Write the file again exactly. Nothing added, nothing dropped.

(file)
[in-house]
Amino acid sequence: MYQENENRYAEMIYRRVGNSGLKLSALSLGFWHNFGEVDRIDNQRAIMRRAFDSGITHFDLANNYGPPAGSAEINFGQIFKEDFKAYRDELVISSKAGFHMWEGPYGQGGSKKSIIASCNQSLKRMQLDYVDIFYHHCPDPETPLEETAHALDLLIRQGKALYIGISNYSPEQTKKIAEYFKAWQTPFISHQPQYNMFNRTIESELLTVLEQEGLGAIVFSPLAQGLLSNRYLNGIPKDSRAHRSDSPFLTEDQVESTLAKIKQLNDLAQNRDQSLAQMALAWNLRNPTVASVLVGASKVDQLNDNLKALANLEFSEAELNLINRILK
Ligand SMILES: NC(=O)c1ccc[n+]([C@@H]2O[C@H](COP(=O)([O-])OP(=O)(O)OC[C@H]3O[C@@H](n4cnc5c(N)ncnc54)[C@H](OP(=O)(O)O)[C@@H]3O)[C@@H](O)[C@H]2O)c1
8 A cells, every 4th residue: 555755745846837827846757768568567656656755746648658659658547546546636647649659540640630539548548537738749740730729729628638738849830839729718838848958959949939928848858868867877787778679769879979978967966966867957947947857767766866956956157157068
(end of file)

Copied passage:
[in-house]
Amino acid sequence: MYQENENRYAEMIYRRVGNSGLKLSALSLGFWHNFGEVDRIDNQRAIMRRAFDSGITHFDLANNYGPPAGSAEINFGQIFKEDFKAYRDELVISSKAGFHMWEGPYGQGGSKKSIIASCNQSLKRMQLDYVDIFYHHCPDPETPLEETAHALDLLIRQGKALYIGISNYSPEQTKKIAEYFKAWQTPFISHQPQYNMFNRTIESELLTVLEQEGLGAIVFSPLAQGLLSNRYLNGIPKDSRAHRSDSPFLTEDQVESTLAKIKQLNDLAQNRDQSLAQMALAWNLRNPTVASVLVGASKVDQLNDNLKALANLEFSEAELNLINRILK
Ligand SMILES: NC(=O)c1ccc[n+]([C@@H]2O[C@H](COP(=O)([O-])OP(=O)(O)OC[C@H]3O[C@@H](n4cnc5c(N)ncnc54)[C@H](OP(=O)(O)O)[C@@H]3O)[C@@H](O)[C@H]2O)c1
8 A cells, every 4th residue: 555755745846837827846757768568567656656755746648658659658547546546636647649659540640630539548548537738749740730729729628638738849830839729718838848958959949939928848858868867877787778679769879979978967966966867957947947857767766866956956157157068